A Tale of Two Energy Policies: Germany vs. UK

Some people have recently pointed out that one of the many adverse effects of Brexit is the fact that it makes it much harder for the European Union to hit its carbon emissions target. The reason is that the United Kingdom has the lowest per-capita emissions of carbon dioxide in the EU. So if the UK falls out of the EU statistics and the target doesn’t get adjusted, other EU countries will have to step up their emission reduction efforts.

This is, of course, more a problem of political symbolism than a substantial one: If member states thought that their pre-Brexit climate policies balanced the cost and benefits of emission reduction, then why should Brexit make a difference? What matters for the greenhouse effect, after all, are global emissions.

But one might ask: how come the UK is the “green poster child” of Europe? What are they doing differently? Here I find it instructive to compare the UK to Germany.

As is well-known, Germany has embarked on an ambitious policy of “energy transition” (Energiewende) which consists of a combination of subsidies for renewables and legally mandated targets for fossil energy production. (For reasons that don’t really make sense except to those living in the bubble of German public opinion, they also see their shutting down nuclear power plants as a part of the green energy transition.) The question of how fast the government should shut down coal plants, and other aspects of the energy transition, are hotly debated issues in Germany.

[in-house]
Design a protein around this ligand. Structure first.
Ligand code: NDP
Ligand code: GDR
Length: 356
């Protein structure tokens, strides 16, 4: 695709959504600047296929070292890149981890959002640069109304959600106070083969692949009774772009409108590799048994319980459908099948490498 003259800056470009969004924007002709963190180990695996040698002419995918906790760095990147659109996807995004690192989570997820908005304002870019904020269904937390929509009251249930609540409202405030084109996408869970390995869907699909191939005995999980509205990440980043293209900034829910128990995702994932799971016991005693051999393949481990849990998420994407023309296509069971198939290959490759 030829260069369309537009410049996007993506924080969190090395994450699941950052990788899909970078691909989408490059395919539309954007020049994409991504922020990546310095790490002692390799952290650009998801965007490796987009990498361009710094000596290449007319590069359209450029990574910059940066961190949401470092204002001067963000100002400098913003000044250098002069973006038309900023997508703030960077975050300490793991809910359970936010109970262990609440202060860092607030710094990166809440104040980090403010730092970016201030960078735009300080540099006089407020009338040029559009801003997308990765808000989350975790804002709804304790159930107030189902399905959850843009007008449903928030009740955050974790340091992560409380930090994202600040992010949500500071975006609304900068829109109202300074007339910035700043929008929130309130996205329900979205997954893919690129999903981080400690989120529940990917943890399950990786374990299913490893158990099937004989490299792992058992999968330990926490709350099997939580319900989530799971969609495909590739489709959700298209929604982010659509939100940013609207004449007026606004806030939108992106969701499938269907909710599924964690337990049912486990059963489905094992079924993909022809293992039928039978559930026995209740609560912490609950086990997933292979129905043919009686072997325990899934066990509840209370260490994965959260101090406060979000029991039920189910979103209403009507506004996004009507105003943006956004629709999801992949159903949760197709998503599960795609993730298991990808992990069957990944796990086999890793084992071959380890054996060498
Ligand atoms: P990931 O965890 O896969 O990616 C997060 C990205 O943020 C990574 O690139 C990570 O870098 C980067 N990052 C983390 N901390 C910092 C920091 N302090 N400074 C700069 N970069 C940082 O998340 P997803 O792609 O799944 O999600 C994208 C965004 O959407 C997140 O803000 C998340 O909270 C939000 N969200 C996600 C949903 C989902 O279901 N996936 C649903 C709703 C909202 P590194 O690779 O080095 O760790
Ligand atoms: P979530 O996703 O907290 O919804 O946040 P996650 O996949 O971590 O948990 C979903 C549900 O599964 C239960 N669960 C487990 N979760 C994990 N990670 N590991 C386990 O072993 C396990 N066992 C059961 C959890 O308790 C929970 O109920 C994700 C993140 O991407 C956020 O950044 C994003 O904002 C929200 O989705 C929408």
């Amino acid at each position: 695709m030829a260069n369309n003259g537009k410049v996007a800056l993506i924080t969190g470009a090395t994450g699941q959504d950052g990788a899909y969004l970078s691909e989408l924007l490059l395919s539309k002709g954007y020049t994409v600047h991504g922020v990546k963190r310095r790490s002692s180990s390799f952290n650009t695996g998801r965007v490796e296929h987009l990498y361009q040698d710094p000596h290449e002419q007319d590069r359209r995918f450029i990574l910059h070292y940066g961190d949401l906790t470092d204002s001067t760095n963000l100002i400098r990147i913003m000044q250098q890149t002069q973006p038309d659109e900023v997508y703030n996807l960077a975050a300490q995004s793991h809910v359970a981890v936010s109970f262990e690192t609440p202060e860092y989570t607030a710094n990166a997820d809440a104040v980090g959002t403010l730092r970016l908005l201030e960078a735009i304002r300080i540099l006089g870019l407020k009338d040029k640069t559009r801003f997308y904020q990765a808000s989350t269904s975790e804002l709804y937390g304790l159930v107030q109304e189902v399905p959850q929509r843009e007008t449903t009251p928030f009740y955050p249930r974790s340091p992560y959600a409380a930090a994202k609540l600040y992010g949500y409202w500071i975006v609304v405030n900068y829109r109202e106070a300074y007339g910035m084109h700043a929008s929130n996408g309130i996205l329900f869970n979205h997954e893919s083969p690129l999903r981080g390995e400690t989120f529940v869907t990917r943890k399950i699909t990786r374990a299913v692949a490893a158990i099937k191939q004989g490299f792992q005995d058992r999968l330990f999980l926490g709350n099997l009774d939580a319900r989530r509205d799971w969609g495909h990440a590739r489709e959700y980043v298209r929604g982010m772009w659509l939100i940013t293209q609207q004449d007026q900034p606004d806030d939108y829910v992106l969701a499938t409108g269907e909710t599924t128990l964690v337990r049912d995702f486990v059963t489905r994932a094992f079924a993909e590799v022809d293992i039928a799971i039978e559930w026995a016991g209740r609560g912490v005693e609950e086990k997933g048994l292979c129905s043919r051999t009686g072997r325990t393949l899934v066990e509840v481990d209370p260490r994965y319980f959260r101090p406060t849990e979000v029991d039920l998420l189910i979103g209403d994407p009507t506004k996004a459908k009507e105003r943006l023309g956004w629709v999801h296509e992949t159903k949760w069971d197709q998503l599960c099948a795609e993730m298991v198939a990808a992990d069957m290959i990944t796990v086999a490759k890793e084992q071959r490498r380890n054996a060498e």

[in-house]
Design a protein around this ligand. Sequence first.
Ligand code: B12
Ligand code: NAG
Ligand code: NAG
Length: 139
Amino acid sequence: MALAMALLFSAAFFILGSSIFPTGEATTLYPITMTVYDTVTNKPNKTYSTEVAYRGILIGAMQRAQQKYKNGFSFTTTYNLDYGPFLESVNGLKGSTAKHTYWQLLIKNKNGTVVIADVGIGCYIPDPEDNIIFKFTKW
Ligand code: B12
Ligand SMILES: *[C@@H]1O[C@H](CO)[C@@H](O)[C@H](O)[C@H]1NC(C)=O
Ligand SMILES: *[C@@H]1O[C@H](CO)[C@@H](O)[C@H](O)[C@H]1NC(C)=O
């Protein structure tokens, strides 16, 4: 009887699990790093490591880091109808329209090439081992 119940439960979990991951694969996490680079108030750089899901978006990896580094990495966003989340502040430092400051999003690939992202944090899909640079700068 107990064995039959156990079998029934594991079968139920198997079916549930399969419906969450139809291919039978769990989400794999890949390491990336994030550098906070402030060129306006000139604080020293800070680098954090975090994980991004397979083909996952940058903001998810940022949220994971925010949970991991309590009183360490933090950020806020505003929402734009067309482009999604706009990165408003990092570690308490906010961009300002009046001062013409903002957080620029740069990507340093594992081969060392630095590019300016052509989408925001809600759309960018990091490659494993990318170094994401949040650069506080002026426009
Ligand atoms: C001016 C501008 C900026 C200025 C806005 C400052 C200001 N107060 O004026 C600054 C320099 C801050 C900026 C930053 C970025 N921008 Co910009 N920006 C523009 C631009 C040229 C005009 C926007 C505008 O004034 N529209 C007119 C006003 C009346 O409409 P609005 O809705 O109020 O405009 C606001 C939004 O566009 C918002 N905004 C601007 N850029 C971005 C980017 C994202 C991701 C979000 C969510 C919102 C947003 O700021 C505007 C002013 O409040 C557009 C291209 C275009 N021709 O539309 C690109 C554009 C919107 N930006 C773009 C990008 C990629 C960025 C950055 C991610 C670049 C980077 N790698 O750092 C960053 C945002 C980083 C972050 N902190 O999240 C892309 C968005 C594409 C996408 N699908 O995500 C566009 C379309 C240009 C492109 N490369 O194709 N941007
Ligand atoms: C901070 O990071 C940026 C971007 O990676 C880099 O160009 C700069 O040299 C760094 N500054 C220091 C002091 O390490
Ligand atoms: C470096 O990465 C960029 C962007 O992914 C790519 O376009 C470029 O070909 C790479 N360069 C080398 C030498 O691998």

The UK has taken a different approach. Rather than trying to regulate the energy mix directly, the British government decided to use the price mechanism: they implemented a special tax to create a price floor for EU emission certificates which British energy producers need to buy. The price floor increases every year according to a fixed formula, ensuring that the cost to energy producers of emitting carbon dioxide in the UK has been substantially higher than in the rest of the EU throughout the last decade.

OK. So how did the UK do compared to Germany?

Pretty impressive. True, the UK’s per-capita emissions were lower than Germany’s to begin with. But Germany has cut their emissions by 12% over the last decade, while the UK cut theirs by 33%!

What about the energy mix?

The UK started from a renewable share of only 1.6% in 2007. Now it’s 11%. By contrast, during the same time, Germany went from about 10% to 16.5%. That, too, is a pretty impressive difference.

But didn’t the UK policy lead to much higher energy prices for consumers?

Nope. In fact, energy is considerably cheaper in the UK than in Germany. One kilowatt-hour of energy costs only about 18 euro cents in the UK (accounting for purchasing power differences and including all taxes) compared to 29 euro cents in Germany.

I call this a big win for Pigou taxes as opposed to direct regulation.

(Ceterum censeo: I still think the demand side is the wrong side. Effective climate policy must restrict the supply of fossil fuel!)

Addendum: Patrick Mellacher wants me to include the size of the industrial sector in my comparison. I’m happy to oblige him. Of course, the industrial sector is smaller in the UK compared to Germany. But that only explains why the level of emissions per capita is lower in the UK, not why the decrease in emissions was larger. It doesn’t seem like the industrial sector has changed in size (compared to the economy as a whole):

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